Greg - thanks, and yes, absolutely, I recognise those terms from my ACW days, but unless anyone else is saying otherwise, I'm thinking there was no such thing as a long barrelled ("musket" length) weapon with rifling at this period and that the distinctions you outline must have come in later?

Paul's post reminds me - anyone know of an accessible online version of "British Military Library" Vol Two? Vol One on Google Books, but two I'm stuck on ...
Ben Townsend

Vol 1 of BMLJ is available as facsimile from Gale Ecco imprints. Got one for c. £20 on Abe.

The rifle bag mentioned in Scollopteria is illustrated in the frontispiece. The author (colonel of Tower Hamlet's Militia) intimates that the illustration was completed to his specifications regarding the perfect (hypothetical) rifleman's equipment according to his own lights. Book published 1808 (from memory). Can scan and post if you don't have access to a copy.

Edit. Sorry just realised you are after BMLJ vol ii. Try Gale all the same. They seem to have purchased much of the Horward collection and are pumping out the facs just as fast as, ahem, 'others' can pirate them.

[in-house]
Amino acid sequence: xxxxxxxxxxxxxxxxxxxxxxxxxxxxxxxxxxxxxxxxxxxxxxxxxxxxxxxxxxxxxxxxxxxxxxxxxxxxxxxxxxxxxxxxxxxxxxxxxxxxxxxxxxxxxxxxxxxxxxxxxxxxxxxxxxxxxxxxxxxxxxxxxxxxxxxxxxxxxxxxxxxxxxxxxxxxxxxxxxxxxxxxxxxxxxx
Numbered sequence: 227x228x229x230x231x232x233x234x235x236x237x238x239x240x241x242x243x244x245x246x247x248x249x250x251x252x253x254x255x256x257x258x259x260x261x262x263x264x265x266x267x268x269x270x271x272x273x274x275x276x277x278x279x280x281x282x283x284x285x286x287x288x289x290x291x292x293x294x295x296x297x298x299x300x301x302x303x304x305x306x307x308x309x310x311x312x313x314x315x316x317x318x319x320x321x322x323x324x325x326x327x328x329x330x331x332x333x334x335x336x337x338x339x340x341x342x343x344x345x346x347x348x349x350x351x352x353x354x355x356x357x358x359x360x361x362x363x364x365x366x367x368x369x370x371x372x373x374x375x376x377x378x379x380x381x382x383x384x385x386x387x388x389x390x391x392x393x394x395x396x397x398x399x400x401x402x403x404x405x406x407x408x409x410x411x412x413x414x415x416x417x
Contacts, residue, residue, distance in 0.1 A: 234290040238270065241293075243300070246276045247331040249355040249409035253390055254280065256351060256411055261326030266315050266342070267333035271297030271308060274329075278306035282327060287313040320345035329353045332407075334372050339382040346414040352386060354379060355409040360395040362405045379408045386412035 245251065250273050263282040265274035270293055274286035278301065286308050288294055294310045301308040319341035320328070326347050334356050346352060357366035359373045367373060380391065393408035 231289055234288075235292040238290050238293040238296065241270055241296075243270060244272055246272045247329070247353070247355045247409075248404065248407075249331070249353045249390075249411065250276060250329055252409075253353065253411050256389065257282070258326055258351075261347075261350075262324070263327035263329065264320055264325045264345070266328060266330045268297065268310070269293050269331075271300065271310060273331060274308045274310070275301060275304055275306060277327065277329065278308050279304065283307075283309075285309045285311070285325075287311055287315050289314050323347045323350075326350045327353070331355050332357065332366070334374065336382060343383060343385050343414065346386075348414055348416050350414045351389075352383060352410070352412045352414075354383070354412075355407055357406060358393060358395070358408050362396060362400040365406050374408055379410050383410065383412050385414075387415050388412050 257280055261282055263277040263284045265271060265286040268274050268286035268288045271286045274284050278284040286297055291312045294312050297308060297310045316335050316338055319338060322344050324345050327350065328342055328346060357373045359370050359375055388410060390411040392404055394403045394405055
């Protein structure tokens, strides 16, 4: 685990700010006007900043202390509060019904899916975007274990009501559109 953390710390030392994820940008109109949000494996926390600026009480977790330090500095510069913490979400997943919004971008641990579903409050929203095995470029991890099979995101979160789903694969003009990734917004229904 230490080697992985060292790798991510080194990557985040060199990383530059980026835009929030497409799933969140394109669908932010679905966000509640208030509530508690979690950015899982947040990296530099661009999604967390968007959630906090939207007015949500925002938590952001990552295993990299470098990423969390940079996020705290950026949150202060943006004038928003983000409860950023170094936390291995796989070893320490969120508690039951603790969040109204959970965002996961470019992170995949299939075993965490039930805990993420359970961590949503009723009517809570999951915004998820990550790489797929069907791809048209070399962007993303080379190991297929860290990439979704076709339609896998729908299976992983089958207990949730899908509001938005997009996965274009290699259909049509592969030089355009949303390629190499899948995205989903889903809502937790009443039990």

OJM

Re: "Rifle-barrelled muskets" and "rifle-bags

Richard Warren wrote:
Next, I'm still wondering why the rifle companies of the Shropshire Militia couldn't pack their blankets inside knapsacks when this was suggested for the other companies. Did they have no knapsacks, smaller knapsacks or what? But now I see in Bryan Fosten's Osprey 'Wellington's Infantry 2' that the 5th Battalion of the 60th when raised was ordered to carry "rifle-bags" of brown leather instead of knapsacks. OK, I know it's the 60th, and I know Ospreys can be less than reliable, but what exactly was a "rifle-bag", and do we know what one looked like?


In several of the Germanic armies, as well as up here, variously titled "jäger bags", "shooting bags" etc. are fairly well known. Basically, it's a single strap "18th century" knapsack, main room for soldiers belongings, separate rooms for patches, bullets, powder and other rifle equipment. AFAIK, both furry and smooth types are known, especially a German version in badgerskin, with the badgers head on the flap, the Danish version was made, possibly at first with badger, later with sealskin(!).